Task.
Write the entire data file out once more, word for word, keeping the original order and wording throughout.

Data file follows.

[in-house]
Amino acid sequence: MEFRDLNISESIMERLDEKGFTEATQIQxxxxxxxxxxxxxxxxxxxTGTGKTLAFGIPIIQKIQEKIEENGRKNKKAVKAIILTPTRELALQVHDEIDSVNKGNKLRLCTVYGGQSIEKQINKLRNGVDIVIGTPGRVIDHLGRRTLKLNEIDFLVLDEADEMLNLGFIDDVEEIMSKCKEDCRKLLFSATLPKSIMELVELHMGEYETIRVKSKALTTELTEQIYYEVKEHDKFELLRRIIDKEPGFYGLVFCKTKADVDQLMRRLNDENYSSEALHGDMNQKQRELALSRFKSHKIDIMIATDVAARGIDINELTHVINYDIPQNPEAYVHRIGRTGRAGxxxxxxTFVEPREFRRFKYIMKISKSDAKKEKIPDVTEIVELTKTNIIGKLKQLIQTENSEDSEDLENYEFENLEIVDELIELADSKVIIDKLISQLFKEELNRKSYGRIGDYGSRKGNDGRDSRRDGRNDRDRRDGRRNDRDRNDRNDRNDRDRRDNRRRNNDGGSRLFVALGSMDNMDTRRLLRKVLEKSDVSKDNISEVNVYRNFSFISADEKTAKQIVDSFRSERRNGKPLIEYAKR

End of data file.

[in-house]
Amino acid sequence: MEFRDLNISESIMERLDEKGFTEATQIQxxxxxxxxxxxxxxxxxxxTGTGKTLAFGIPIIQKIQEKIEENGRKNKKAVKAIILTPTRELALQVHDEIDSVNKGNKLRLCTVYGGQSIEKQINKLRNGVDIVIGTPGRVIDHLGRRTLKLNEIDFLVLDEADEMLNLGFIDDVEEIMSKCKEDCRKLLFSATLPKSIMELVELHMGEYETIRVKSKALTTELTEQIYYEVKEHDKFELLRRIIDKEPGFYGLVFCKTKADVDQLMRRLNDENYSSEALHGDMNQKQRELALSRFKSHKIDIMIATDVAARGIDINELTHVINYDIPQNPEAYVHRIGRTGRAGxxxxxxTFVEPREFRRFKYIMKISKSDAKKEKIPDVTEIVELTKTNIIGKLKQLIQTENSEDSEDLENYEFENLEIVDELIELADSKVIIDKLISQLFKEELNRKSYGRIGDYGSRKGNDGRDSRRDGRNDRDRRDGRRNDRDRNDRNDRNDRDRRDNRRRNNDGGSRLFVALGSMDNMDTRRLLRKVLEKSDVSKDNISEVNVYRNFSFISADEKTAKQIVDSFRSERRNGKPLIEYAKR